8/13/15 ABSS, county task force talk building needs
By Isaac Groves, The Times-News 8/13/15
Reprinted with permission.
“I think we’ve had some early successes, but the hard work really starts now,” Alamance County Manager Craig Honeycutt said, “the hard work on planning.”
With bond and lottery funds depleted, perhaps $29 million more to spend on repairs and the possibility of a new $40 million to $60 million high school, the county and school district are asking the task force to help define and explain the needs of Alamance-Burlington Schools to the public.
Last winter, the Alamance-Burlington Board of Education and Board of County Commissioners formed the Joint Schools Facilities Task Force with members of both boards, citizens appointed by both boards, and employees of the county and school district. It assessed conditions in schools and reported what needed to be done. Now it is helping with long-term plans for how to go about it.
Last spring, committee members toured schools and came up with long to-do lists for maintenance and repairs. Over the summer, the Alamance-Burlington School System did about a $1 million worth of work on about a dozen district schools.
There is a long list of work yet to be done, but the county’s school bonds are down to about $700,000, and unspent lottery money will not last forever. That will leave ABSS with the lottery funds that come in every year and whatever the county contributes for capital projects.
“We were very fortunate to have almost $3 million in lottery funds sitting there that had not been used,” Honeycutt said. “So now, once those funds are depleted, what are our next steps, and how do we look at setting those and prioritizing?”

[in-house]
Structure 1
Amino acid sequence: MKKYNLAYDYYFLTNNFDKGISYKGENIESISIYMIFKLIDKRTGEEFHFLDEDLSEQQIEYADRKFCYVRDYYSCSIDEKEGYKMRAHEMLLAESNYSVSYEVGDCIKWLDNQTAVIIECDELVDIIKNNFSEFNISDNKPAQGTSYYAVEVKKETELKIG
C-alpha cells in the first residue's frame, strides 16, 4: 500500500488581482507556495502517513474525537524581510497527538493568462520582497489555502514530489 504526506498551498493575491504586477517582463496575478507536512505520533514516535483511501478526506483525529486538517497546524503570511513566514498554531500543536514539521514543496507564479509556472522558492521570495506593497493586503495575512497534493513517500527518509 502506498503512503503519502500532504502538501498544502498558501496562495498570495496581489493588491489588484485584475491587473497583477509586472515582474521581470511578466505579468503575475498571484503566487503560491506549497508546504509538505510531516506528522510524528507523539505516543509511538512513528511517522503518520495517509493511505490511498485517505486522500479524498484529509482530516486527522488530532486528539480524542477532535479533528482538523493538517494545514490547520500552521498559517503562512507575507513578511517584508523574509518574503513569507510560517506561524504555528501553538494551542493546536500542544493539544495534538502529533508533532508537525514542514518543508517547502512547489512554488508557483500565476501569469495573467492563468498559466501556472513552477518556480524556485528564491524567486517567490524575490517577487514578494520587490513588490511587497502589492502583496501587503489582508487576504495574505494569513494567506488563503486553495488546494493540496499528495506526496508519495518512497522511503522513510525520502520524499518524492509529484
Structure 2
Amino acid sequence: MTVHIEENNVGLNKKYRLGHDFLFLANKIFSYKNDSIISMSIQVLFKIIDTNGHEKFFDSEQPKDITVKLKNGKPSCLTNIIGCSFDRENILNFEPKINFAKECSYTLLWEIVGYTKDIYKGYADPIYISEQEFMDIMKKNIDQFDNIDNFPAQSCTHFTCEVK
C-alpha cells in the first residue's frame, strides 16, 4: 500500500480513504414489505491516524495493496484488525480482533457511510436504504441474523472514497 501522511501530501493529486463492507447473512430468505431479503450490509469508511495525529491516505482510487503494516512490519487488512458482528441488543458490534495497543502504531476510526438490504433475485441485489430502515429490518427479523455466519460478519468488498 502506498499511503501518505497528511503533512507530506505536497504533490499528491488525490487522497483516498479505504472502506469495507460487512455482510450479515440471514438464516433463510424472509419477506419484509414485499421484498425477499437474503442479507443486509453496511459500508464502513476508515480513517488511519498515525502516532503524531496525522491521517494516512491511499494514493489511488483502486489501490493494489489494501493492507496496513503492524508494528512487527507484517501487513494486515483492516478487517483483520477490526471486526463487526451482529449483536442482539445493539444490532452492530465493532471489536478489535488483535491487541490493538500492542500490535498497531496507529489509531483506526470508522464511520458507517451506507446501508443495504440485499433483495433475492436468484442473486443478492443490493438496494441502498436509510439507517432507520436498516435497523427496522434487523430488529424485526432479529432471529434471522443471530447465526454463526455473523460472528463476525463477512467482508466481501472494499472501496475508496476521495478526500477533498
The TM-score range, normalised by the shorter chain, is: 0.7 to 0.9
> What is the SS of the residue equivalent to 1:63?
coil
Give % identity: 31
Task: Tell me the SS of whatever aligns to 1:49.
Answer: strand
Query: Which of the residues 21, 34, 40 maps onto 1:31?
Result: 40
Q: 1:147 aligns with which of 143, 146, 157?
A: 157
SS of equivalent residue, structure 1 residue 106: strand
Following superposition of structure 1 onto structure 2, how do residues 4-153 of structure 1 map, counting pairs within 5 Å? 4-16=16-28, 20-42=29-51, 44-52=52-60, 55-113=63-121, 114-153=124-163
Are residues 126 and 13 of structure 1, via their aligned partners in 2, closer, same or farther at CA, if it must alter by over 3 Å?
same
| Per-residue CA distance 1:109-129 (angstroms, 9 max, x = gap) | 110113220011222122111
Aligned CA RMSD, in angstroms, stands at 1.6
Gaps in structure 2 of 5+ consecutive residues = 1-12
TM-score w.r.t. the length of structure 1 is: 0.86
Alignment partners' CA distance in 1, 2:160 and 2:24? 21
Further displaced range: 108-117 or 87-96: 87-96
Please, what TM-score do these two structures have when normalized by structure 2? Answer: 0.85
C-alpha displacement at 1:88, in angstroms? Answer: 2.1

The task force, he said, has an important job: supporting the goals of the school board and commissioners, and helping get public buy-in. Projections based on birth rates, elementary school enrollment and past rates of migration into Alamance County show current high school overcrowding getting worse in coming years, Harrison said. Those projections did not allow for the higher enrollment that comes with residential and economic development, Harrison said, both of which picked up locally in the past few years.
For the second time this week, Harrison said redistricting could deal with overcrowding at elementary and middle schools, but high schools are at their limits. Southern Alamance High School, he said, could not seat all of its 1,600 students for lunch without its patio.
“Kids eat outside in the rain out there,” Harrison said. “The bottom line is we have six high schools, and we need a seventh.”
Commissioner Eddie Boswell asked whether current schools could be expanded.
“You’ve got football fields, you’ve got some facilities that are maybe not at capacity,” Boswell said. “But to add a whole new high school is a whole big deal.”
Some of the schools are “landlocked,” limiting expansion, Assistant Superintendent Todd Thorpe said. Community feedback showed little public appetite for really large high schools, school board members Jackie Cole and Patsy Simpson said.
“Most of them don’t want their children lost in a school with 2,300,” Cole said.
Harrison said he would like to see seven high schools, all of about 800 to 1,500 students, so they could play sports in the same conference and have similar resources.
Boswell said it was still worth looking at expanding current facilities.
Harrison said he and Honeycutt were looking at “creative financing” to fund a new high school. After the meeting, he said one option was a lease-purchase contract — kind of a rent-to-own arrangement.
Commissioners Chair Dan Ingle said if nothing else, the task force should meet at least quarterly and more often as needed to look over the district’s and county’s progress. Harrison said they would schedule another meeting in a couple of months when he has a draft five-year plan for facilities and a redistricting plan.